Palazzo Publico in Siena's Piazza del Campo a bright sunny day

Siena Tuscany

We are located within the Sienese municipality in Tuscany and Siena can be accessed just 20 minutes to the south of the property. Siena was founded by the Etruscans and became a Roman colony known as Saena Julia. During the thirteenth and fourteenth centuries it flourished as one of the major cities of Europe, allowing Tuscany to grow rich from banking and the wool trade. The fourteenth century saw a great amount of building within the city; the Duomo, Palazzo Pubblico and the Campo's foundations were laid then, but in 1348 the Black Death struck and this, together with subsequent political upheaval, saw the beginning of a drastic downturn in Siena's fortunes. Indeed, it was exactly this marked decline that accounts for the incredible state of mediaeval preservation that Siena exhibits today.

Siena is built across a range of small hills, a unique position which gives it a pleasant atmosphere of being a collection of smaller towns. The Campo is the focal point of the city, the meeting place and the market place as well as being the venue for the Palio (see Il Palio section below). The Campo is divided into nine segments, alluding to the Council of Nine who ruled the city in its heyday, and is surrounded with buildings of great beauty.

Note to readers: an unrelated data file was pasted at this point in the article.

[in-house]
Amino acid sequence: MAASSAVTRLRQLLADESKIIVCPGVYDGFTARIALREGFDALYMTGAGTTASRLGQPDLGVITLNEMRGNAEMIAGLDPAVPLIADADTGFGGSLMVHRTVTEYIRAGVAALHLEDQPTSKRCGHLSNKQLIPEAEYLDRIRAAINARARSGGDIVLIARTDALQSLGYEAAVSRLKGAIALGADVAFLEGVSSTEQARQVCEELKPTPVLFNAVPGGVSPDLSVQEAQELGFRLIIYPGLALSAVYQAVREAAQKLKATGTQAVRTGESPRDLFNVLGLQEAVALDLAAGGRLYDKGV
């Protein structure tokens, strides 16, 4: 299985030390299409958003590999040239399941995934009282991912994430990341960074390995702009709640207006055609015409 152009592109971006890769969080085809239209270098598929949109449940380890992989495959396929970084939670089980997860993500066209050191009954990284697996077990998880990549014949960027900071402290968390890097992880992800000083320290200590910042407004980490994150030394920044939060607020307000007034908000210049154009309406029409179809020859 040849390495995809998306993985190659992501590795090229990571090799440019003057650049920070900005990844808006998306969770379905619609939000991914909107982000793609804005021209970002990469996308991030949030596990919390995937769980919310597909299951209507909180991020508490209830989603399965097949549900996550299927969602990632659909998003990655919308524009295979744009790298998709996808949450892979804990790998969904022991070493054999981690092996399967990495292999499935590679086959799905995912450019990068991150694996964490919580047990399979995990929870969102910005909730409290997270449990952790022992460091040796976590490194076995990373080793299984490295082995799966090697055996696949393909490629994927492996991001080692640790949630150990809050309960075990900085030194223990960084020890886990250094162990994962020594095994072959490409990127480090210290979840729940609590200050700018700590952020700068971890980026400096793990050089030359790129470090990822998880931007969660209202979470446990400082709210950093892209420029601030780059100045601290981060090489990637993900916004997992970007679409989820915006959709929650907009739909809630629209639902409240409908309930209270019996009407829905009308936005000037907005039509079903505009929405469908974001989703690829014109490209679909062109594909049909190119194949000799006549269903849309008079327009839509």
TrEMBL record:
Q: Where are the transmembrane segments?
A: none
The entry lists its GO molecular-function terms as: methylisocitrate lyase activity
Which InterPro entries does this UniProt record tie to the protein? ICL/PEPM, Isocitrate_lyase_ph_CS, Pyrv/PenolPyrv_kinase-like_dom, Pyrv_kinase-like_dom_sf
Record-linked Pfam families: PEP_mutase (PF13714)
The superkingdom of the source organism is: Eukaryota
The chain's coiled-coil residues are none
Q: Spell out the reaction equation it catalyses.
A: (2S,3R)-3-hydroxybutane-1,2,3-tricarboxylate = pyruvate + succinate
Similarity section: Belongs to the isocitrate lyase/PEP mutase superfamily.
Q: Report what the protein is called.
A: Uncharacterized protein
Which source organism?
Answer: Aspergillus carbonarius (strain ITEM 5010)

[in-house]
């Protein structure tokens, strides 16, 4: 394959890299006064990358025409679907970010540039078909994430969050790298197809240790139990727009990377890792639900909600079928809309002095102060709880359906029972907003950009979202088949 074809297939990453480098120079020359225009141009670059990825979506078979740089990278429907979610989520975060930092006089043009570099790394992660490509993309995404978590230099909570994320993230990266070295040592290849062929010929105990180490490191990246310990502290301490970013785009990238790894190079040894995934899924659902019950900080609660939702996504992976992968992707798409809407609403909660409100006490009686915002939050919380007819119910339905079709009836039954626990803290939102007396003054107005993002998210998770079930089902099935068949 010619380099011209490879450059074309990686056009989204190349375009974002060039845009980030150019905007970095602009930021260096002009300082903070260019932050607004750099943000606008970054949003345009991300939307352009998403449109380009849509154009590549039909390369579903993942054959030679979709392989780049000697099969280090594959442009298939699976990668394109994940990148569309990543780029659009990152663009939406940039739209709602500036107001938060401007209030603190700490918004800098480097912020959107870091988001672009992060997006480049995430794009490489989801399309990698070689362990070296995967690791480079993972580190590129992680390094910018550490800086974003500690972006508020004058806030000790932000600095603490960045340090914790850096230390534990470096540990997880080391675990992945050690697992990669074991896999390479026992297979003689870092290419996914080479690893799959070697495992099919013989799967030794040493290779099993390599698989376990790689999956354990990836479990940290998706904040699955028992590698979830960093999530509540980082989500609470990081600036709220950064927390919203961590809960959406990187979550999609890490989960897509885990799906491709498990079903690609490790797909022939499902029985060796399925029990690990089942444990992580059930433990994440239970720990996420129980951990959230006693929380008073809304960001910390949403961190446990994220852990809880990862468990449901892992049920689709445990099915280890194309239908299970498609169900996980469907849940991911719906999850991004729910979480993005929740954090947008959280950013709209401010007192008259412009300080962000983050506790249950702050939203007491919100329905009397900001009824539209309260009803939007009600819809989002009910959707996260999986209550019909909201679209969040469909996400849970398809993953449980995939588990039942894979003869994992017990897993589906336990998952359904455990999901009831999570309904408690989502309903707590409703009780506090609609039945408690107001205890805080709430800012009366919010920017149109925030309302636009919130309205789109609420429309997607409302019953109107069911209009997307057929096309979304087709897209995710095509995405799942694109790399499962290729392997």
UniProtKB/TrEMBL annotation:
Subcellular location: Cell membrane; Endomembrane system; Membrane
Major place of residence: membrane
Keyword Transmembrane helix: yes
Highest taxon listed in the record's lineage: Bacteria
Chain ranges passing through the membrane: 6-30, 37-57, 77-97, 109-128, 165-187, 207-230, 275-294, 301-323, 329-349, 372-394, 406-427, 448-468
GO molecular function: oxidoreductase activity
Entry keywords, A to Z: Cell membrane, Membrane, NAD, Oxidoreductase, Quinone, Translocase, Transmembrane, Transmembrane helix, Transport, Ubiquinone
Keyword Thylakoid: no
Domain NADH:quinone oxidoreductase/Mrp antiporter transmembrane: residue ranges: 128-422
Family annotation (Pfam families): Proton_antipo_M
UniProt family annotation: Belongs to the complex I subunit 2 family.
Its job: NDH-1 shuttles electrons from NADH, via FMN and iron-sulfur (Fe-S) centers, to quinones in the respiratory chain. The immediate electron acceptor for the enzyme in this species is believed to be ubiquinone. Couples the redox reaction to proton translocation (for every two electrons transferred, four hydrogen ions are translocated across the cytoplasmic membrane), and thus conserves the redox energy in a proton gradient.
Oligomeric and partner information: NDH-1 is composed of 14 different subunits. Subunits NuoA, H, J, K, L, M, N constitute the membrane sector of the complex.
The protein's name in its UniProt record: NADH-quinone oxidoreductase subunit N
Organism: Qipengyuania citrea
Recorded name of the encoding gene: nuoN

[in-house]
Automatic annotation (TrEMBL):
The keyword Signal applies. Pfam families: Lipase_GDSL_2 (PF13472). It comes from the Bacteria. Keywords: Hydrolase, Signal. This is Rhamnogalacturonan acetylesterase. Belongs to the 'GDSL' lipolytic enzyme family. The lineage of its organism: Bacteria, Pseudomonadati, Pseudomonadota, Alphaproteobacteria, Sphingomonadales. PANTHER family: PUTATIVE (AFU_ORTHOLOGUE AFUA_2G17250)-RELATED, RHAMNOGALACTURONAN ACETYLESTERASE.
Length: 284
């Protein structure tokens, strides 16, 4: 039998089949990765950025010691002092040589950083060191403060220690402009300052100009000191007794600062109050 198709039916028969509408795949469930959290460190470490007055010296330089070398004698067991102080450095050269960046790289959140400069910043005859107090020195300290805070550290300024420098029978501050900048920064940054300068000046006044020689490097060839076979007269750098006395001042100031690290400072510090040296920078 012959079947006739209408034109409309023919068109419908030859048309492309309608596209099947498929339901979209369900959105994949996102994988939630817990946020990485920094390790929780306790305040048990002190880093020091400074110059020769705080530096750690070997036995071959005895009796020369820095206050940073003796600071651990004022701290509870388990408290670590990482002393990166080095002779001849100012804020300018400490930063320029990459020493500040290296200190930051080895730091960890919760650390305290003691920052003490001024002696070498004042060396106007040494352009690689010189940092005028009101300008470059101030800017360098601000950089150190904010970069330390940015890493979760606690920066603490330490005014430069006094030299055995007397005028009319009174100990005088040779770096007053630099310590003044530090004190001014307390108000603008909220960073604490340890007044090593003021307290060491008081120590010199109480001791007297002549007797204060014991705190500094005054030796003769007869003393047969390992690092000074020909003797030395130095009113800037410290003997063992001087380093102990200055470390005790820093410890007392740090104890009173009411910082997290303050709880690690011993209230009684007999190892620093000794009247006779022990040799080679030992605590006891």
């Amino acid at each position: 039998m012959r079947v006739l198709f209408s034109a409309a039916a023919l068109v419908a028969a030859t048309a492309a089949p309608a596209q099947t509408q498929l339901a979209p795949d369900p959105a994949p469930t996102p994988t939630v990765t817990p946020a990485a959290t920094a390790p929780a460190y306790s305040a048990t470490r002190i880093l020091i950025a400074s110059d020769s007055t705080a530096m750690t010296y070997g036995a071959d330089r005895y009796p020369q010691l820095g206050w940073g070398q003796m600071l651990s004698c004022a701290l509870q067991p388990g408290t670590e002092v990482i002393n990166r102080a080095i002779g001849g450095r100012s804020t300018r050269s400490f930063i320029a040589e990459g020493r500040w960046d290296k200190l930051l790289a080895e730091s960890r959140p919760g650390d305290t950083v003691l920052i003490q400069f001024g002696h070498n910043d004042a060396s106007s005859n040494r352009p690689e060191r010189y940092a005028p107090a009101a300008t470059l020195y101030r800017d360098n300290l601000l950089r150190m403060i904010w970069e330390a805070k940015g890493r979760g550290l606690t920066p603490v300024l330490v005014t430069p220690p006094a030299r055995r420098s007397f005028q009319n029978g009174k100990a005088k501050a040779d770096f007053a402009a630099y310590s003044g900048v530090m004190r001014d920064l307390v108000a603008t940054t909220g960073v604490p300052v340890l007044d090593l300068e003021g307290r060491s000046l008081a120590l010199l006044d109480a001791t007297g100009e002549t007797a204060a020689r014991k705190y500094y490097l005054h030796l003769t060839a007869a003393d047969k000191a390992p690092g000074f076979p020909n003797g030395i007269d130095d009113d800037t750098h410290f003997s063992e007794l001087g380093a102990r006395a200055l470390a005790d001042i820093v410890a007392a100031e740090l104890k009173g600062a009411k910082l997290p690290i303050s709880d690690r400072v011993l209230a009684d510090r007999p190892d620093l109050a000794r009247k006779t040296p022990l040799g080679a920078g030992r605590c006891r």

The Duomo (Cathedral) can be found just off the Campo and is a first class example of a medieval cathedral, originally designed and completed between 1215 and 1263 on the site of an earlier structure. The exterior and interior are constructed of white and greenish-black marble in alternating stripes, with addition of red marble on the fa├žade. Black and white are the symbolic colours of Siena, etiologically linked to black and white horses of the legendary city's founders, Senius and Aschius.

Il Palio

The famous event of Il Palio, held twice a summer in the historic Tuscan town of Siena, is a bareback horse race in honour of the Virgin Mary. The Piazza del Campo main square holds 25,000 people for the race and you don't need a ticket! Ten of the 17 different areas of Siena 'contrade' compete in the race. Nothing is as important as winning, money and old allegiances are brought into play. Each contrade has a fierce rival and losing is a disgrace. It also includes Alfieri or flag-wavers in medieval costumes. At around sunset a canon is fired to signal that the race will soon begin.

The best part of Il Palio is milling around well into the evening as the winning Contrada celebrates long into the night with the Jockey held high! All the losing Contradas have communal feasts in their native streets on huge tables. It is wonderful meandering around the back streets after the race, the heat of the day has gone and you hear the classical Italian sounds of music, conversation and clinking wine glasses.